Hooper is very excited about the kinds of experience participating students will gain from this course.

“When you go and work in another culture with another language, it stretches you in a terrific way,” Hooper said.

He continued, “When you get to shoot documentary in different countries it’s such a rare, wonderful opportunity. You get to be in a culture in a very privileged way.”

Hooper also noted that filming a documentary in another country is a fantastic professional experience for those interested in professional documentary. “To step inside a culture like that, to work with professional personnel from Cuba, to spend time in Old Havana… I think it’s an incredible opportunity for our students,” he added.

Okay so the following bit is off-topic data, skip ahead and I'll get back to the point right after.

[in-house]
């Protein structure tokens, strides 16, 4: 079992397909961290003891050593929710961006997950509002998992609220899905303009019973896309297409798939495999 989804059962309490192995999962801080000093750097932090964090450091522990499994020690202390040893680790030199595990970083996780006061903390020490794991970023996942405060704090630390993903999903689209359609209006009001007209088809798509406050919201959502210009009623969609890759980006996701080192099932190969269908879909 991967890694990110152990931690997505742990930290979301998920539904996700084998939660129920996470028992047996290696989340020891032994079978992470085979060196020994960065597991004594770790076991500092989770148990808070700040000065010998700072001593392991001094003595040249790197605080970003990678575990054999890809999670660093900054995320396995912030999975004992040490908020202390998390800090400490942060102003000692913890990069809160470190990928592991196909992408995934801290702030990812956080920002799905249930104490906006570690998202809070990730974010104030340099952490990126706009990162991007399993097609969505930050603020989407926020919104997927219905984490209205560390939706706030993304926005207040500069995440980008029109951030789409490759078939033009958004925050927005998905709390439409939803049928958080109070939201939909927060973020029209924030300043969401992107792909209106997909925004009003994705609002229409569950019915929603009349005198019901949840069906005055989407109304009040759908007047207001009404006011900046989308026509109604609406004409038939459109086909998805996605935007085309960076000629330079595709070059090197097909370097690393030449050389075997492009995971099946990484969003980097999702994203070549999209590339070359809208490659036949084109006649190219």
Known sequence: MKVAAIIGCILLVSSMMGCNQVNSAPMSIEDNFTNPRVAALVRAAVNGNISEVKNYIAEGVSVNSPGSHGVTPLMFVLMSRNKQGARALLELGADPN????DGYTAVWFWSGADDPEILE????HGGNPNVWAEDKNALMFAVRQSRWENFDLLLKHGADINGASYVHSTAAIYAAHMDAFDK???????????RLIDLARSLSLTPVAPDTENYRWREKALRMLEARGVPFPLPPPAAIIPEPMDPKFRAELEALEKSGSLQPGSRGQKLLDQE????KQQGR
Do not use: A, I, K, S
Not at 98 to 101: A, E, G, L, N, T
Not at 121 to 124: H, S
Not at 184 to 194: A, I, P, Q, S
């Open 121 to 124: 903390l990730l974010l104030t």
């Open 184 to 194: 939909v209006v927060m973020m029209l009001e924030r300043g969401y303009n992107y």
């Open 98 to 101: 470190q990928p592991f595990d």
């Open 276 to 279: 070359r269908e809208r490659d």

Hooper also commented on the types of challenges documenting another culture may come across. “It’s a tremendous professional experience to step into another culture to try and find a story… and to attempt to penetrate it and understand it and make a film about it is often the kind of challenge that you have when you are working professionally, when you go to another culture.”

Before leaving for the trip, students will meet twice with Hooper, and he will also go down to visit EICTV and the other faculty helping to teach the course between these meetings.

“When you learn about different narrative traditions, different documentary traditions, socioeconomic traditions, you have a greater understanding of the complexity of life and it just enhances your own sense of what the world is about and who you are,” Hooper concluded.

For further information, visit the Drexel University Study Abroad website and search “Cuba.”